guto from brazil said...

The Gertrude Stein remark got me curious about your literaly tastes (indeed, I've been curious since the Eric Rohmer article). Would you be kind enough to share with us what are your favorite books and authors, Mike?

LetterstoR said...

Agree with JeanRZEJ. How much cinema, after all, is really made for the "elite upper classes?" If any, surely it would be precisely the "experimental" or "avant-garde" cinema most guarded against the pitfalls of Allen's naïveté. Allen's treatment of the wealthy elite here was far more convincing to me, though superficial, than his tortured posturing in Match Point. And I wonder also how his portrait of Paris is really that much more "anesthetized" and touristic than, say, Linklater's portrait of Vienna in Before Sunrise, a film I know you admire; nor am I confident, frankly, that I prefer Linklater's dialogue. Granted, Allen's characters are stereotyped, but that doesn't necessarily make them unbelievable, just as Allen's unrelenting predilection for younger women doesn't necessarily make him a bad filmmaker, even if it does, possibly, make him a bad person. None of this invalidates your criticisms of what remains a flawed film - with about the (anti-escapist) escapist appeal and sophistication level of a francophile Wizard of Oz - but I do think you're a little harsh on Woody, here and elsewhere, and not always for most convincing of your sometimes very cogent argumentation. Oh, and this is nothing, but the phrase is well-heeled.

Michael J. Anderson said...

Guto, perhaps some of the problem here lies in the fact that my literary tastes correspond a great deal with the film (and period) in question: Hemingway, Fitzgerald, Proust, Lewis's MAIN STREET. I also admire the Russians a great deal, especially Dostoevsky (and the greatest of all novels, THE BROTHERS KARAMAZOV). I haven't read enough Balzac or Tolstoy, but I like what I have read. Many, many others of course, from the Greeks to Job, St. John and Romans to Shakespeare to CANDIDE to Sartre and Camus and Vonnegut. All over the place I know; mostly older befitting my Great Books undergrad education.

Jean and Letters, sorry to have offended, but M. Allen really rubbed me the wrong way here - and I was a paying customer, while this blog's for free. I had a bone to pick and I did that. I agree that this isn't the best use of my *talents,* such as they are, but sometimes one just needs to vent, and I did that. Don't worry, I probably won't be going anywhere near another one of his films anytime soon and have no plan to write about him again in future. The internet is safe from my opinion.

LetterstoR said...

Michael, I'm sorry to bug you further on this, but I'd be curious to hear what you have to say about Mr. Allen's earlier works from, say, Annie Hall to Crimes and Misdemeanors (which I can at least say I preferred personally to the thematically similar Match Point), that is, whether you actively dislike them or simply feel that, they being both overly familiar and "squarely middle-brow" (your phrase, but an apt one), other films are more deserving of attention. Not unrelatedly, I'm even more curious about your thoughts on his acknowledged idols, Bergman and Fellini, who, along with Allen and A. Kurosawa, are almost conspicuous by their absence from your otherwise impressively encyclopedic writings - not that I'd wish seriously to challenge this (with the notable exception of Otto e mezzo which, say what they will, I'll always love to death), especially considering the ample attention you give to Rossellini, Antonioni, Dreyer, Ozu, and Mizoguchi (all, granted, probable superiors to the F/B/K trio - Mr. Allen, I think we can agree, not quite on the same level).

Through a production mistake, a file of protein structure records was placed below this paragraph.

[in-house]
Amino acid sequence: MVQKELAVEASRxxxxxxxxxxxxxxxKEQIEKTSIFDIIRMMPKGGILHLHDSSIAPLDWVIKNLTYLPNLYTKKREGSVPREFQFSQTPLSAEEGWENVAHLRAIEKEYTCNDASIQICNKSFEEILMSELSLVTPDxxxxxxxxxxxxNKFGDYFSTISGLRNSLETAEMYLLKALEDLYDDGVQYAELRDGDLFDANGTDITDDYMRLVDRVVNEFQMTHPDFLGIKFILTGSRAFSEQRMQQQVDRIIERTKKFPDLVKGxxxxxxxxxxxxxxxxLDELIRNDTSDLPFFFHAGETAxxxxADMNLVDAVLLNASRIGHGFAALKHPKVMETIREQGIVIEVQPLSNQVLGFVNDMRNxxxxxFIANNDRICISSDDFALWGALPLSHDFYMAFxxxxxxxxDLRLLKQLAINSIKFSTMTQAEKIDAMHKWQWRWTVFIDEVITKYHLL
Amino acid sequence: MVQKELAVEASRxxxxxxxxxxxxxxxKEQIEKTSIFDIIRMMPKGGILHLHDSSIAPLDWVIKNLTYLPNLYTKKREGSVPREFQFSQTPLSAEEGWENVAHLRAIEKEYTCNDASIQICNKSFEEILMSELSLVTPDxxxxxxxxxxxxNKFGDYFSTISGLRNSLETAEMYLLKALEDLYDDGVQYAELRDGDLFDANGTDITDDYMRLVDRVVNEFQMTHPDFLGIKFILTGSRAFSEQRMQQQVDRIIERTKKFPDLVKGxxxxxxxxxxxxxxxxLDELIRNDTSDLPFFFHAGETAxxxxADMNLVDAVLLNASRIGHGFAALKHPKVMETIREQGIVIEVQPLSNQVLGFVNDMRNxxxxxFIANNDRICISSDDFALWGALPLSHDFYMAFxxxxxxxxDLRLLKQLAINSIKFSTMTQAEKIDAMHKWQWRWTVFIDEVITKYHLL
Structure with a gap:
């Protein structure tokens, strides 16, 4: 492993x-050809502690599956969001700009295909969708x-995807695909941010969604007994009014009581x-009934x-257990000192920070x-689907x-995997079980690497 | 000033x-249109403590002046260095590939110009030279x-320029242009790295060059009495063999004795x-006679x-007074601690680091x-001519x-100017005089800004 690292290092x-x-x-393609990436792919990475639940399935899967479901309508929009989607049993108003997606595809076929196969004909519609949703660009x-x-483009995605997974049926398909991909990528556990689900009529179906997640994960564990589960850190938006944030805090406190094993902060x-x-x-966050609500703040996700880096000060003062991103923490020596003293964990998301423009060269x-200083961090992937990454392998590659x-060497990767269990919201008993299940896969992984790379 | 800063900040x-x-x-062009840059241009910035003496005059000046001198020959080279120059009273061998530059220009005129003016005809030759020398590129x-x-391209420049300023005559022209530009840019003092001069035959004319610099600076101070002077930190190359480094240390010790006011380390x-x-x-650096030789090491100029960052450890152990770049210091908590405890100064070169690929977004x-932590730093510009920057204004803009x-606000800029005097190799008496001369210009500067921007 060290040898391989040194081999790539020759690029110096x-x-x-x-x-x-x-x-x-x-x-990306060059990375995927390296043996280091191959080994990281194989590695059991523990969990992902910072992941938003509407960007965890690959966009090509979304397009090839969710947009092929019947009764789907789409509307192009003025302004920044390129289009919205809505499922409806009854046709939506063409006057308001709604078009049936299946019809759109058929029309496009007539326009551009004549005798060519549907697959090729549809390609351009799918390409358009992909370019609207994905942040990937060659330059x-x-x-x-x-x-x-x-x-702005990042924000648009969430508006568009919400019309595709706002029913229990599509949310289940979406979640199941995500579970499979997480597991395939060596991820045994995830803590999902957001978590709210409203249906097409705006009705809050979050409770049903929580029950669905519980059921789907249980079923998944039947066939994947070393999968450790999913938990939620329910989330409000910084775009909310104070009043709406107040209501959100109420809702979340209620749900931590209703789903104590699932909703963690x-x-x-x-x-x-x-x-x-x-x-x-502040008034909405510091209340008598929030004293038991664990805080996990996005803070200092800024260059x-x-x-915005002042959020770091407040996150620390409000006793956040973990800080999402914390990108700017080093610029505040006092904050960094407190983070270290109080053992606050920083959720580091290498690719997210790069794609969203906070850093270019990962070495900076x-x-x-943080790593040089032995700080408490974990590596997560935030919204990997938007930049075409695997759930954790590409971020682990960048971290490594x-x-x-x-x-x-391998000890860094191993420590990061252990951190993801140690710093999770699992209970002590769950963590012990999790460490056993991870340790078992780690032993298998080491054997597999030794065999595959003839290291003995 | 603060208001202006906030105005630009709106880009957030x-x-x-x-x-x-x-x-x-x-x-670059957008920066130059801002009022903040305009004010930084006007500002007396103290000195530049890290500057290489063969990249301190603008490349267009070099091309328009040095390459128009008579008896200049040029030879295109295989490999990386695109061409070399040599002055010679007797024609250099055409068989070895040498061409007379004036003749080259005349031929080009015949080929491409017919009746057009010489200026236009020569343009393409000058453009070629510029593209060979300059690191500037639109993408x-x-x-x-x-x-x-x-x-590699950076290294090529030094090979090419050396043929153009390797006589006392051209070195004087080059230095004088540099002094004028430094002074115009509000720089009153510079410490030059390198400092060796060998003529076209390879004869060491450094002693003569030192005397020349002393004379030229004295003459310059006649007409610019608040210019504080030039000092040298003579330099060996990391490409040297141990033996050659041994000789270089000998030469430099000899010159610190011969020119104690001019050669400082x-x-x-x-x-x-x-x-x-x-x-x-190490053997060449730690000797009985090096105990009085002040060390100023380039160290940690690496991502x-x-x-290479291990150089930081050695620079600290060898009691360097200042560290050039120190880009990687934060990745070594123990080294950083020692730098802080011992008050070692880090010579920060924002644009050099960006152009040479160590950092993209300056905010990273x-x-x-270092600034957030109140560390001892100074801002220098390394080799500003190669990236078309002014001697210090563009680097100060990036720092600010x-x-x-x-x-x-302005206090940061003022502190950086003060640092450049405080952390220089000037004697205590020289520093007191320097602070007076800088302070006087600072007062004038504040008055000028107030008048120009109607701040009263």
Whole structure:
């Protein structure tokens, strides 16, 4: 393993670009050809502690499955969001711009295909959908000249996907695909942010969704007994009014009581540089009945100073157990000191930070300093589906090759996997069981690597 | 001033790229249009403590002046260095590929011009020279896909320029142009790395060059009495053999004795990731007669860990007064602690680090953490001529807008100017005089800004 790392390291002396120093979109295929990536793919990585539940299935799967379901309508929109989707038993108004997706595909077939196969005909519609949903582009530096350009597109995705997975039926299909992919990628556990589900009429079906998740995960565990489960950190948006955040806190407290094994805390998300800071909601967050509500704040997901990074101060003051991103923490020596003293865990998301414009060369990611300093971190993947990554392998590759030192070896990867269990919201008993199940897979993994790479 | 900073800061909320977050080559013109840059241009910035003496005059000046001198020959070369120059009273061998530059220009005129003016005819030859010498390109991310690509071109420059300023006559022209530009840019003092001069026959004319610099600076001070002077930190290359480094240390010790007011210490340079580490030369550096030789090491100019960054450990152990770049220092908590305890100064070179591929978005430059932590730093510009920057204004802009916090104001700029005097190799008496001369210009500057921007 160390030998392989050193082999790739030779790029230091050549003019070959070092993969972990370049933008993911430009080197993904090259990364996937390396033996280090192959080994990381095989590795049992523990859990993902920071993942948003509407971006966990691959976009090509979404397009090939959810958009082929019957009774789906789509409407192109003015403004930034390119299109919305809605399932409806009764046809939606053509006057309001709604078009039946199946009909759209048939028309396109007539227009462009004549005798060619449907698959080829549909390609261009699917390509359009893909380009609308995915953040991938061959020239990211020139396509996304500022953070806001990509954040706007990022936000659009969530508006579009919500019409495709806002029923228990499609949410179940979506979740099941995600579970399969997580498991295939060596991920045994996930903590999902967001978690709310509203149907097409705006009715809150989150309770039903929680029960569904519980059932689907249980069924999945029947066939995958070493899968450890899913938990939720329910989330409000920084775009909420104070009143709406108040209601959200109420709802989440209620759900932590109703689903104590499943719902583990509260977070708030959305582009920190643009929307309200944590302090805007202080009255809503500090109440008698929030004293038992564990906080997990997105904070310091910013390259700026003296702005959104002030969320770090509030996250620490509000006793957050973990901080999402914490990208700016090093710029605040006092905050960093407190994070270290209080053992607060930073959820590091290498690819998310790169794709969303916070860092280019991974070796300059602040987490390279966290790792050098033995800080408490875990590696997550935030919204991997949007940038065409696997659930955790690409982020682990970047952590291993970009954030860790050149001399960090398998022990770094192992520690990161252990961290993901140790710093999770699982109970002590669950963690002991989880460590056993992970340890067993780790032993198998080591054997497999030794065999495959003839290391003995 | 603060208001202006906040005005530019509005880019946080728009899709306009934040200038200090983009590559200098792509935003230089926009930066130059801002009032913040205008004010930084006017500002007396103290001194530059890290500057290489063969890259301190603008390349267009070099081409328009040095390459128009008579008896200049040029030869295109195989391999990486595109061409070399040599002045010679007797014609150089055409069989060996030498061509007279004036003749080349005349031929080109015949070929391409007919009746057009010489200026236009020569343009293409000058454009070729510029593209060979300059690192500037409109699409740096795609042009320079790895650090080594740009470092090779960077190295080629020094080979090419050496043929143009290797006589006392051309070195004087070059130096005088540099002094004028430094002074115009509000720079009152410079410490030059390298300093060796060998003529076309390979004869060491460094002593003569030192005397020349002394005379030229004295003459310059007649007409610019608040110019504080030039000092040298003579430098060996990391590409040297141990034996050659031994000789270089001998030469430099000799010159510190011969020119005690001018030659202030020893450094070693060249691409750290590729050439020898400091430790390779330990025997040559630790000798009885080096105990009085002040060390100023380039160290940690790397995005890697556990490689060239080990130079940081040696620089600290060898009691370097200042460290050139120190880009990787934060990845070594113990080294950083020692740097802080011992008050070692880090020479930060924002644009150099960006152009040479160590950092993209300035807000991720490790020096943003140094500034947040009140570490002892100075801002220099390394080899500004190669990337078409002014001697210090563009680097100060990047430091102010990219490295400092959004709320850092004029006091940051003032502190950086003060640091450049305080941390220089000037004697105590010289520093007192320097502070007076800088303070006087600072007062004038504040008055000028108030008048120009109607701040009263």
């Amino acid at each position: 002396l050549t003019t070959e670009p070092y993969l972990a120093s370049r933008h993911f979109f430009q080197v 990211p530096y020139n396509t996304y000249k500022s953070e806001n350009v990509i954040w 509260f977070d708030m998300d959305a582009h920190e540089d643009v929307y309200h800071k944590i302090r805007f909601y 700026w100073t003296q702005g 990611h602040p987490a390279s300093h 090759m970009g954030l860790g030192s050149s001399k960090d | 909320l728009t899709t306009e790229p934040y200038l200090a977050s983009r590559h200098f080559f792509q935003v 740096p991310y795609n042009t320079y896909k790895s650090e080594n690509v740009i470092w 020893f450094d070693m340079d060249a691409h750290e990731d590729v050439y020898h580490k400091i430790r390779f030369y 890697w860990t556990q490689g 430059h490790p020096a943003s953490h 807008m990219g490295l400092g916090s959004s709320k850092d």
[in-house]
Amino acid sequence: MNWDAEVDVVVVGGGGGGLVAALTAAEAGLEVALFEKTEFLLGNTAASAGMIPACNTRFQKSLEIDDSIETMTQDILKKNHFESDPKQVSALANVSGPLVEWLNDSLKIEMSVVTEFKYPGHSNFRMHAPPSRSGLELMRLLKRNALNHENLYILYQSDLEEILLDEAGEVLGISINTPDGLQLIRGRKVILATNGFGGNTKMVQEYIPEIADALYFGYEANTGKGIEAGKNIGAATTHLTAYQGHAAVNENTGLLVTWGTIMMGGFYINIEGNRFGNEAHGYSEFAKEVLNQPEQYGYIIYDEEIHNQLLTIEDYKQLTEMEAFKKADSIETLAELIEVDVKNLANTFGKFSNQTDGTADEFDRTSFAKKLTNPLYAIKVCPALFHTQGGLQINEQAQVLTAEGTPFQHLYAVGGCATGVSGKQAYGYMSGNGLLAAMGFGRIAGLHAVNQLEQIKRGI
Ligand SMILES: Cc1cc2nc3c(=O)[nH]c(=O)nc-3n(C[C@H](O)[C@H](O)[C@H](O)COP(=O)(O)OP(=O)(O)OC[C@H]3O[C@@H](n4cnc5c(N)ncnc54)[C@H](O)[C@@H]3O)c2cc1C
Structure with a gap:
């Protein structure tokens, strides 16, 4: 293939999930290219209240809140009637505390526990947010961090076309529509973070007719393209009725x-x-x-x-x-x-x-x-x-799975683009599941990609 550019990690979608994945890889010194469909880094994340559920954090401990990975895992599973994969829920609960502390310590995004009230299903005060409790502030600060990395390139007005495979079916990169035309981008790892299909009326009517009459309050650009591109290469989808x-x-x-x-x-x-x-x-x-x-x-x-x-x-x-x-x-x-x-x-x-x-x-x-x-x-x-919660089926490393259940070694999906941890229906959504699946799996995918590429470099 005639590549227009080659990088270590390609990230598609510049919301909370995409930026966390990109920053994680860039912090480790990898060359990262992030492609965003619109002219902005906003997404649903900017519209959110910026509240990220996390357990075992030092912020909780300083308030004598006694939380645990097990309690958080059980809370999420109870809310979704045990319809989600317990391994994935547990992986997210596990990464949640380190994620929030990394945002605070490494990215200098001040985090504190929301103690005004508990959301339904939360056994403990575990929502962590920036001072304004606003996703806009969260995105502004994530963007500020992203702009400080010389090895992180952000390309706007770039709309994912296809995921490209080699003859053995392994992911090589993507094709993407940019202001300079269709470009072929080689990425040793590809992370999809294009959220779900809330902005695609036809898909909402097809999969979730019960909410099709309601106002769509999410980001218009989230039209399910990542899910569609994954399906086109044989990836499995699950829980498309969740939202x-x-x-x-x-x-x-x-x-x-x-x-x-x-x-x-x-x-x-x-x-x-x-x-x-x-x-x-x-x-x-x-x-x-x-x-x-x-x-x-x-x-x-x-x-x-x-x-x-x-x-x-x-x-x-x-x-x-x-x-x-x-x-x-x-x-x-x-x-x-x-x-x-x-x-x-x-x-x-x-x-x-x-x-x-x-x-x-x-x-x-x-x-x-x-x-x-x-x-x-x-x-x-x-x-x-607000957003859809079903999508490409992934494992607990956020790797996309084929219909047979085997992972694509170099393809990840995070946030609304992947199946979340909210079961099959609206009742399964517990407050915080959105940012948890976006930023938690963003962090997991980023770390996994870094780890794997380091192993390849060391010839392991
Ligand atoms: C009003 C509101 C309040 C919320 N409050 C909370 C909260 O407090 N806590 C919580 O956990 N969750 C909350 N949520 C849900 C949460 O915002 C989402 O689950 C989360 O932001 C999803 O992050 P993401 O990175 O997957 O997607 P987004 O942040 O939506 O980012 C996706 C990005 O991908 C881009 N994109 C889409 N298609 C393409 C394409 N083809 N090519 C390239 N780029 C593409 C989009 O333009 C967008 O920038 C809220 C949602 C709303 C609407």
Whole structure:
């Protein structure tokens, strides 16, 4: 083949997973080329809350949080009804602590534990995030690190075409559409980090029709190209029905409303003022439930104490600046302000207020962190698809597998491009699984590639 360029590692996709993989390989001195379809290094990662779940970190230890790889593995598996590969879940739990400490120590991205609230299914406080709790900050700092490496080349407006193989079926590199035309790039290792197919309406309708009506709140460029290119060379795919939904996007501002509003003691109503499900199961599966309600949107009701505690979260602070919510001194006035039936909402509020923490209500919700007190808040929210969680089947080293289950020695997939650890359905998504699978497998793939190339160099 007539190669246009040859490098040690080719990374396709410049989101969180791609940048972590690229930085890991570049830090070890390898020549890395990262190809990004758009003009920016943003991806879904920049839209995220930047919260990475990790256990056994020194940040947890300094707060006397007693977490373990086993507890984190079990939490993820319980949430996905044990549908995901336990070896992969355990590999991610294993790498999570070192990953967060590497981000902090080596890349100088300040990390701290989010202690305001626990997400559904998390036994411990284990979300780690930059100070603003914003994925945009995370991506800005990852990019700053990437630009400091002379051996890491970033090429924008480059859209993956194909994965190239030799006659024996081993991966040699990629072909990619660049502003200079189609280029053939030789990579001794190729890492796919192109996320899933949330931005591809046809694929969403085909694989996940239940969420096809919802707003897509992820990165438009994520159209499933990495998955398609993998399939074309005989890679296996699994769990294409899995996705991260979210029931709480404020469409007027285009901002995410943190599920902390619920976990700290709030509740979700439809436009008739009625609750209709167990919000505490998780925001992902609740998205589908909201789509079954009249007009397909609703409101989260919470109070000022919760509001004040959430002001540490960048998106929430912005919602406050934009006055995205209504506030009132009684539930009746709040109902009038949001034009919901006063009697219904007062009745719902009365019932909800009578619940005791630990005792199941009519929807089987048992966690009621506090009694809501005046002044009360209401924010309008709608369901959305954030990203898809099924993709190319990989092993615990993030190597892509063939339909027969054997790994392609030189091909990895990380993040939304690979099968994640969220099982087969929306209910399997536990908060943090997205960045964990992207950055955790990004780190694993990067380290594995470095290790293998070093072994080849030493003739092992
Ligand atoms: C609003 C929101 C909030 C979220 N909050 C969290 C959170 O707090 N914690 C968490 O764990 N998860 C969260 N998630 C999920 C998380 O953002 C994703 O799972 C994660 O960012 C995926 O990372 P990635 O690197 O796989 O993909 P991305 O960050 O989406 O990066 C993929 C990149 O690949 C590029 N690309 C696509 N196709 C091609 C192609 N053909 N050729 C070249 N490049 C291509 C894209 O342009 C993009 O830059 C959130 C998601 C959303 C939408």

Michael J. Anderson said...


I think your phrase "more deserving of attention" is key. With respect to the earlier Allen, I have seen a number that I have liked well enough over the years (Annie Hall, Broadway Danny Rose, The Purple Rose of Cairo and Hannah and Her Sisters, to name a few). It's a good enough body of work to merit interest, no question; it's just not a group I am particularly passionate about. And since you referenced the lists, with only ten films per year, they naturally are not meant to be comprehensive. They serve foremost to confirm my personal taste, and to provide a set of recommendations according to my own sense of judgment. A sense of cinema, to borrow a phrase.

So, you are right to point out that Bergman, Fellini and Kurosawa all rate less highly for me than they do for some. I really don't wish to get into it too much at this point, but suffice to say there are aspects of each that don't particularly appeal to me, though they are by any accounting major filmmakers all - and all have in my estimation made full masterpieces, which you will be able to intuit from their position on my lists.

I guess all of this is to say that I am not so disposed to Woody Allen.